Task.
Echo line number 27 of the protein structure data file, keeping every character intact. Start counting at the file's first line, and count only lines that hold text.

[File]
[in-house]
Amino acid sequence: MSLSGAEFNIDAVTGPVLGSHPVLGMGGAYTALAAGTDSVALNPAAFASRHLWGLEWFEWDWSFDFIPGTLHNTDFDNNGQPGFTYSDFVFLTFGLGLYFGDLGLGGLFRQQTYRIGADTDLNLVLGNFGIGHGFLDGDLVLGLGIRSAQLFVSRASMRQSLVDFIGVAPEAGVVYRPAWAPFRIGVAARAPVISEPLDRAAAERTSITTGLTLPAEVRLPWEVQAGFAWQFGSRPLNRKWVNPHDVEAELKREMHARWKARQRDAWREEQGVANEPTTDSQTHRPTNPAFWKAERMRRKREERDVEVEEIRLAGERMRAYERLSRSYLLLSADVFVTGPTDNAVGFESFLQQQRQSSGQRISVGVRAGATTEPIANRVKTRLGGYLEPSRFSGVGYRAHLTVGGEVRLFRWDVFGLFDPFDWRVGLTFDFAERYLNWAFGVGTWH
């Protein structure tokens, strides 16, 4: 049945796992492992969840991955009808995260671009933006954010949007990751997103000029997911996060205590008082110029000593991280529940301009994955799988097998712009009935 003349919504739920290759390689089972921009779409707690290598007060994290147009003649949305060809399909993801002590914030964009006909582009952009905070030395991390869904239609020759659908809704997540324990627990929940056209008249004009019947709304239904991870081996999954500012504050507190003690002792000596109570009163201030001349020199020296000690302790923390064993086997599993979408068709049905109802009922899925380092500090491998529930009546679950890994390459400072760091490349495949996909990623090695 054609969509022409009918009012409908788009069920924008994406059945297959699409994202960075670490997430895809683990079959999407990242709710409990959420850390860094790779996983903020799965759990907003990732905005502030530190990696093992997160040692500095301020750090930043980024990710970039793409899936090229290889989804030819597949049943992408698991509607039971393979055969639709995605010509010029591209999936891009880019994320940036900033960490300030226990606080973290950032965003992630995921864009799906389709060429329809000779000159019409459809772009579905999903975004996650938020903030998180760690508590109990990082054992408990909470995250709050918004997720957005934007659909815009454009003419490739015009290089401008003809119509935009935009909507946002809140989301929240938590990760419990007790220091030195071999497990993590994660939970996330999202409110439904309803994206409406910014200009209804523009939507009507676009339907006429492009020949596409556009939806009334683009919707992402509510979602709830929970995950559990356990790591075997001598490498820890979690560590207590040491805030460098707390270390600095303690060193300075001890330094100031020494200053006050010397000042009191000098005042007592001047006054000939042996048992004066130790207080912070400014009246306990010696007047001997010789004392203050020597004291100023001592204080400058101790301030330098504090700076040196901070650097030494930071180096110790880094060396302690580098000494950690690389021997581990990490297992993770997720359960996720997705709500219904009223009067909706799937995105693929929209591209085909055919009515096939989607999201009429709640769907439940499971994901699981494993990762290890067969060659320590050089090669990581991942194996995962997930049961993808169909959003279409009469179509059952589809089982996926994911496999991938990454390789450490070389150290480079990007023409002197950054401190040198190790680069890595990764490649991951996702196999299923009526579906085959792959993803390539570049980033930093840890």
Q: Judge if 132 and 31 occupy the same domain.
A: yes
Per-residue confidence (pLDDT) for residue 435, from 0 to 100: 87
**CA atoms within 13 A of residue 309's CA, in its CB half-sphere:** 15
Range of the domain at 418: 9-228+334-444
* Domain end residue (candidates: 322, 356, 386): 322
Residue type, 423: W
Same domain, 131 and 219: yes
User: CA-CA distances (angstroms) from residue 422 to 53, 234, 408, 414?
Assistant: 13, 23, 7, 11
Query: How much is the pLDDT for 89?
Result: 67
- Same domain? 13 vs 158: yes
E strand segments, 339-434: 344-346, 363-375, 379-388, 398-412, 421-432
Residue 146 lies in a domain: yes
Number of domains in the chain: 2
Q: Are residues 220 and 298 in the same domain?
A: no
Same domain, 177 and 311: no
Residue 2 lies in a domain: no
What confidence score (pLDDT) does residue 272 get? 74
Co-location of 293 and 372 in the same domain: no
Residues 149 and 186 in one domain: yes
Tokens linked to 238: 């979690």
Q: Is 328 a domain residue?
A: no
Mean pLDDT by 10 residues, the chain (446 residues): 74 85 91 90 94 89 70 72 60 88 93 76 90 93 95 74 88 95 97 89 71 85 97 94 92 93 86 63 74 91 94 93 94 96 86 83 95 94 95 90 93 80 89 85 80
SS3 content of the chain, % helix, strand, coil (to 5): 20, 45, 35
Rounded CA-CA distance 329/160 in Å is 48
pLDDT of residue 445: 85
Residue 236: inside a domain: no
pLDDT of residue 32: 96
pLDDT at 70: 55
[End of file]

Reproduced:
Tokens linked to 238: 């979690």